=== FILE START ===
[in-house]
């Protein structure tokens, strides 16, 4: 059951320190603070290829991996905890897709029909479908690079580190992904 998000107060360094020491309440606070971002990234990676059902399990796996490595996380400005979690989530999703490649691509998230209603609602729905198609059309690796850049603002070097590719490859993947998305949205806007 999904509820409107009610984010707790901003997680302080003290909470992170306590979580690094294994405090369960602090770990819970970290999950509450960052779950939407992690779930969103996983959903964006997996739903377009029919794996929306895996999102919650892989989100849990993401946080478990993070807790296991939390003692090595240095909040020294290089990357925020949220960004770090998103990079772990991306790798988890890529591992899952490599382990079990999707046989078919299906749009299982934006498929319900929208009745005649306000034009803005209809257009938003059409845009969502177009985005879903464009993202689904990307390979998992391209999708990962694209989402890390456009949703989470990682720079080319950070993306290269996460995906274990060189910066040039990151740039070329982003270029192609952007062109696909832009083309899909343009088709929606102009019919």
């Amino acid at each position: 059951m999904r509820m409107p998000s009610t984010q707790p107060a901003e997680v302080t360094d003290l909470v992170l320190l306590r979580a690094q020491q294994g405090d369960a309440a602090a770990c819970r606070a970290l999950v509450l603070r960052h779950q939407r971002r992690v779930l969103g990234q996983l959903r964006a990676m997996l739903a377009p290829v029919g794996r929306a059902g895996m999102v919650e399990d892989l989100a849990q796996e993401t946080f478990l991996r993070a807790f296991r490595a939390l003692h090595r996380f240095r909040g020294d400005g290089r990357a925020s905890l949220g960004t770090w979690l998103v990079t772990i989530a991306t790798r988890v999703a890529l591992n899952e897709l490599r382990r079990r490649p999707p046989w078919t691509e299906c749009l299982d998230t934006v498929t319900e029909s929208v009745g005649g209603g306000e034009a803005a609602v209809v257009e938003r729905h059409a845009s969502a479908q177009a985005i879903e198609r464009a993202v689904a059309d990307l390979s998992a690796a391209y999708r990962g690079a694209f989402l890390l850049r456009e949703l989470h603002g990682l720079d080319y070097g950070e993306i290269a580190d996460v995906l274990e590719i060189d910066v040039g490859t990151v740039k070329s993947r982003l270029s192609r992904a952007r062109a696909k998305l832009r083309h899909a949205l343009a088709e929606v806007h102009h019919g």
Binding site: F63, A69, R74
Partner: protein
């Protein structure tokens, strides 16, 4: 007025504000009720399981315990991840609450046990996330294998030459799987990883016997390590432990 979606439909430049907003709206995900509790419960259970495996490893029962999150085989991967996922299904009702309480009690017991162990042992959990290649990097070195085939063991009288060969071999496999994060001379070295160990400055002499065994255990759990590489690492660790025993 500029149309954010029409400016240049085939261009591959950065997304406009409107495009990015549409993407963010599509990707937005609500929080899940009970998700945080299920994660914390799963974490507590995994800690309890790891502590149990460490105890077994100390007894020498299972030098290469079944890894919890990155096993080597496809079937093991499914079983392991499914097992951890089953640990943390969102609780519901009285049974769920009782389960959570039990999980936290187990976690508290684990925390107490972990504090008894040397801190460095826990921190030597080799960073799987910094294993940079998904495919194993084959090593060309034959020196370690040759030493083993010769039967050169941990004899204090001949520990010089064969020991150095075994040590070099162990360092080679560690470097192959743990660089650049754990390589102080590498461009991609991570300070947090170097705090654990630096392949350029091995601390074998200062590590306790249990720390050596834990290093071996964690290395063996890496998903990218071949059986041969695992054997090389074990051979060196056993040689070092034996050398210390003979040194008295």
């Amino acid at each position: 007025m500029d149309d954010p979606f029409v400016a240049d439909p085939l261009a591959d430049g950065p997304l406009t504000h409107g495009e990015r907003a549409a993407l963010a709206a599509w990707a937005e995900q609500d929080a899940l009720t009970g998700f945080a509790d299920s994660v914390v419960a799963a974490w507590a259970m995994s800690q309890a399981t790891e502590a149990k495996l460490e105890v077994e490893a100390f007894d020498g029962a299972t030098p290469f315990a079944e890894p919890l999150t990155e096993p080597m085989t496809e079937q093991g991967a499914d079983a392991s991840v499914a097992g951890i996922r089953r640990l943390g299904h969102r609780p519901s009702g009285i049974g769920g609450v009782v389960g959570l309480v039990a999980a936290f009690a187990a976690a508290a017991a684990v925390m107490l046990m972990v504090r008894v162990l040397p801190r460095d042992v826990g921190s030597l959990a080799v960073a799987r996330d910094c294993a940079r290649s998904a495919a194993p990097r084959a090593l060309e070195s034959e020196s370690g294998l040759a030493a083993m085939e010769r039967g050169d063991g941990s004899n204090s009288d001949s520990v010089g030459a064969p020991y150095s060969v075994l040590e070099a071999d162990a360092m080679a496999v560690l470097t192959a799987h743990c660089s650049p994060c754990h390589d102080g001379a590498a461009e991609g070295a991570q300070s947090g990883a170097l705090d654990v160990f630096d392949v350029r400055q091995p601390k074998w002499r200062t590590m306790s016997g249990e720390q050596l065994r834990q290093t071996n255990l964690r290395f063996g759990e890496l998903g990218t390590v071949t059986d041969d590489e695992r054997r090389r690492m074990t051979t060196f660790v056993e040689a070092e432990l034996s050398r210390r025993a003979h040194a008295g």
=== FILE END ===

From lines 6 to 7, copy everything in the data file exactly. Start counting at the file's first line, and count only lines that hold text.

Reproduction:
């Protein structure tokens, strides 16, 4: 007025504000009720399981315990991840609450046990996330294998030459799987990883016997390590432990 979606439909430049907003709206995900509790419960259970495996490893029962999150085989991967996922299904009702309480009690017991162990042992959990290649990097070195085939063991009288060969071999496999994060001379070295160990400055002499065994255990759990590489690492660790025993 500029149309954010029409400016240049085939261009591959950065997304406009409107495009990015549409993407963010599509990707937005609500929080899940009970998700945080299920994660914390799963974490507590995994800690309890790891502590149990460490105890077994100390007894020498299972030098290469079944890894919890990155096993080597496809079937093991499914079983392991499914097992951890089953640990943390969102609780519901009285049974769920009782389960959570039990999980936290187990976690508290684990925390107490972990504090008894040397801190460095826990921190030597080799960073799987910094294993940079998904495919194993084959090593060309034959020196370690040759030493083993010769039967050169941990004899204090001949520990010089064969020991150095075994040590070099162990360092080679560690470097192959743990660089650049754990390589102080590498461009991609991570300070947090170097705090654990630096392949350029091995601390074998200062590590306790249990720390050596834990290093071996964690290395063996890496998903990218071949059986041969695992054997090389074990051979060196056993040689070092034996050398210390003979040194008295």
């Amino acid at each position: 007025m500029d149309d954010p979606f029409v400016a240049d439909p085939l261009a591959d430049g950065p997304l406009t504000h409107g495009e990015r907003a549409a993407l963010a709206a599509w990707a937005e995900q609500d929080a899940l009720t009970g998700f945080a509790d299920s994660v914390v419960a799963a974490w507590a259970m995994s800690q309890a399981t790891e502590a149990k495996l460490e105890v077994e490893a100390f007894d020498g029962a299972t030098p290469f315990a079944e890894p919890l999150t990155e096993p080597m085989t496809e079937q093991g991967a499914d079983a392991s991840v499914a097992g951890i996922r089953r640990l943390g299904h969102r609780p519901s009702g009285i049974g769920g609450v009782v389960g959570l309480v039990a999980a936290f009690a187990a976690a508290a017991a684990v925390m107490l046990m972990v504090r008894v162990l040397p801190r460095d042992v826990g921190s030597l959990a080799v960073a799987r996330d910094c294993a940079r290649s998904a495919a194993p990097r084959a090593l060309e070195s034959e020196s370690g294998l040759a030493a083993m085939e010769r039967g050169d063991g941990s004899n204090s009288d001949s520990v010089g030459a064969p020991y150095s060969v075994l040590e070099a071999d162990a360092m080679a496999v560690l470097t192959a799987h743990c660089s650049p994060c754990h390589d102080g001379a590498a461009e991609g070295a991570q300070s947090g990883a170097l705090d654990v160990f630096d392949v350029r400055q091995p601390k074998w002499r200062t590590m306790s016997g249990e720390q050596l065994r834990q290093t071996n255990l964690r290395f063996g759990e890496l998903g990218t390590v071949t059986d041969d590489e695992r054997r090389r690492m074990t051979t060196f660790v056993e040689a070092e432990l034996s050398r210390r025993a003979h040194a008295g």